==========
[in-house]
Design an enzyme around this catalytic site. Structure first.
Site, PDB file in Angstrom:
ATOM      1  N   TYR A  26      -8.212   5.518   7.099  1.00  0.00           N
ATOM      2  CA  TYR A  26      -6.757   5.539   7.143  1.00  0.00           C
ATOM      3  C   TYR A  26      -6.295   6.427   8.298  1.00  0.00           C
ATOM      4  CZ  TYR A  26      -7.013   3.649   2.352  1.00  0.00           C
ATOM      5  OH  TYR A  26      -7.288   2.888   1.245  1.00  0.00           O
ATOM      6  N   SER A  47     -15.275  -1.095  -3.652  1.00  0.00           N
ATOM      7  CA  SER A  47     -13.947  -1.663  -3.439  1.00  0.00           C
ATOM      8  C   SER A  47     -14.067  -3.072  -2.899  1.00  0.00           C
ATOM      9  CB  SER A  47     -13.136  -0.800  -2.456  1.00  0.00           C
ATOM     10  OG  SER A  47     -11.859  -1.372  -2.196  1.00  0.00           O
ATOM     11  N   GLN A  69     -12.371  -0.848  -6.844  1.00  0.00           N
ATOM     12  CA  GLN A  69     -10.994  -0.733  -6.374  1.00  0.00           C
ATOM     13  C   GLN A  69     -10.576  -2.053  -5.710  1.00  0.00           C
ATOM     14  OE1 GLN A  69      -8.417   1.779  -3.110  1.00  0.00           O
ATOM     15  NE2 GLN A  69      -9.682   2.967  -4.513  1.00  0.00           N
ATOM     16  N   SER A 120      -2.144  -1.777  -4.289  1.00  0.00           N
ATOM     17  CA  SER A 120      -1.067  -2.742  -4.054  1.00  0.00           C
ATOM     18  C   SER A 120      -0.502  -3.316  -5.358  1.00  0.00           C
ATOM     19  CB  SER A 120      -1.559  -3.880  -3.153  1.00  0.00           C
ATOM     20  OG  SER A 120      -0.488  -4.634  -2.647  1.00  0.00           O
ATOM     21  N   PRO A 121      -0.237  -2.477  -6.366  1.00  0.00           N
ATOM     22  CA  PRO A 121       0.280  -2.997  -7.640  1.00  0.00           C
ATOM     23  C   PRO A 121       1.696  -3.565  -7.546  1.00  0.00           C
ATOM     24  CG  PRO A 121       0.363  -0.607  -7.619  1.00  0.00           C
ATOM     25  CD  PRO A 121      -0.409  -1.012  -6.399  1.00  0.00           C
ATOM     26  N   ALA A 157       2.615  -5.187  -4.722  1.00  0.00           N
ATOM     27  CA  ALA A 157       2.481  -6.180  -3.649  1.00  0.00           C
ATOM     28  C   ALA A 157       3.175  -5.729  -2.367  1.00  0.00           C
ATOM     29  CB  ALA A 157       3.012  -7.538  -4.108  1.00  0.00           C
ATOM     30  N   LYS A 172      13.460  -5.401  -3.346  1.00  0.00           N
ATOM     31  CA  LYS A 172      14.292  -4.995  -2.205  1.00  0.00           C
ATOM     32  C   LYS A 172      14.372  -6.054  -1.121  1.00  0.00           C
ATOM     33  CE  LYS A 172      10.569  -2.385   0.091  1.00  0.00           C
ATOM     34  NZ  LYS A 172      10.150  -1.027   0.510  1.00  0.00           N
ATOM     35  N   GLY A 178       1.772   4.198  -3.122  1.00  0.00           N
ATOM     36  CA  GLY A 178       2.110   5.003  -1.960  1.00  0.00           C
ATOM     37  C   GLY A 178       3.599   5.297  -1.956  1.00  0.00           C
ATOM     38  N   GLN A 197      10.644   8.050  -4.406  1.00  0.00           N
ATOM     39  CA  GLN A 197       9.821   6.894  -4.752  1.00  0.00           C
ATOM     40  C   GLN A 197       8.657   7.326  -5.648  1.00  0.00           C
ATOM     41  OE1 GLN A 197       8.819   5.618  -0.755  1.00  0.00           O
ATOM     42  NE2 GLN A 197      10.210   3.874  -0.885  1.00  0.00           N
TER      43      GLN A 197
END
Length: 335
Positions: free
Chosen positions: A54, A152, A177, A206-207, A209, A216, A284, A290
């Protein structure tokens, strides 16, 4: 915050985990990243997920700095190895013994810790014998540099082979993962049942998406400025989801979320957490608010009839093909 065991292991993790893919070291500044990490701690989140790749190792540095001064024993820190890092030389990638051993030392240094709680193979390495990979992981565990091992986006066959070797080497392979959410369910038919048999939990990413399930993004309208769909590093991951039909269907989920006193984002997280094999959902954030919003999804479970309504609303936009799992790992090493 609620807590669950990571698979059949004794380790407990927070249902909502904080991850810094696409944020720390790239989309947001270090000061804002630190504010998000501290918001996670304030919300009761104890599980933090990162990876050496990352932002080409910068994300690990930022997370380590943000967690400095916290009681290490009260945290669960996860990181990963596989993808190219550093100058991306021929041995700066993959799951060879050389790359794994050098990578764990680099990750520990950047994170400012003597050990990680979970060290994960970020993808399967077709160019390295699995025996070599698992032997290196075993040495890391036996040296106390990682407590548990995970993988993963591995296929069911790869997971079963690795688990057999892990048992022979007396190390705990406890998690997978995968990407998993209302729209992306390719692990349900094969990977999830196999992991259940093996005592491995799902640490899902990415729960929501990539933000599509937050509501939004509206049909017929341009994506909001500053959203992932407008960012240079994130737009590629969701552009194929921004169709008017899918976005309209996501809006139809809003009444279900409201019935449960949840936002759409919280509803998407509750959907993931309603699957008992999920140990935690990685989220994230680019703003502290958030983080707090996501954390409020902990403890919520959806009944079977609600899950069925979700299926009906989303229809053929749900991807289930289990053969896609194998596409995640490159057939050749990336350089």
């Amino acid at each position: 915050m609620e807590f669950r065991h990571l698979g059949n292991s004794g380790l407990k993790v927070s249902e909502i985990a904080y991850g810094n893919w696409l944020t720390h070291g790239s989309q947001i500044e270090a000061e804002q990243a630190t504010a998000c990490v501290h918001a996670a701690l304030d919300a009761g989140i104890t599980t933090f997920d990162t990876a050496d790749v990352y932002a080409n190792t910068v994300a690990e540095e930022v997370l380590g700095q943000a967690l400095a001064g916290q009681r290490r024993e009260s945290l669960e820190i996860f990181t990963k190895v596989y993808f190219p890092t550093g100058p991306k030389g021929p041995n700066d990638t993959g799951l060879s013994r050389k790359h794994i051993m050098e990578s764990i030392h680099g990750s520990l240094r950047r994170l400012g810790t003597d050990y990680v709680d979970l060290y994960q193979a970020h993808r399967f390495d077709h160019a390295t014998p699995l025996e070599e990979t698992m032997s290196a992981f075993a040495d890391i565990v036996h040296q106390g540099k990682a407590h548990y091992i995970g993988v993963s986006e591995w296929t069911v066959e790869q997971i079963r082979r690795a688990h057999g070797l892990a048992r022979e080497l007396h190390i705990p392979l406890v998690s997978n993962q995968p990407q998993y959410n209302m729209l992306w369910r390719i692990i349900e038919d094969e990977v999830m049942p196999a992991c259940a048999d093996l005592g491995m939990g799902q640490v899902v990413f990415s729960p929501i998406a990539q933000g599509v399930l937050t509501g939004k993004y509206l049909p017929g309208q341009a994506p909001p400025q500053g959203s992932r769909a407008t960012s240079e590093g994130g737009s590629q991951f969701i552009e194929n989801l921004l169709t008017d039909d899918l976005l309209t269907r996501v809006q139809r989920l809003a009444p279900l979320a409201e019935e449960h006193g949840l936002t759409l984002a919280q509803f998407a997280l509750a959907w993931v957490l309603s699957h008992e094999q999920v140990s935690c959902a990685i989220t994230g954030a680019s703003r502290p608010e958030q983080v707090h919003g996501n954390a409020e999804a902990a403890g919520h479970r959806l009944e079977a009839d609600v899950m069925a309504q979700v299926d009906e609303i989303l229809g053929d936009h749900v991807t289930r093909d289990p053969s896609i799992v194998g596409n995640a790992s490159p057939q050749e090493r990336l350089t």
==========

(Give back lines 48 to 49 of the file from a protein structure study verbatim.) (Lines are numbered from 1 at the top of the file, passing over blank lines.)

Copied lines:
Length: 335
Positions: free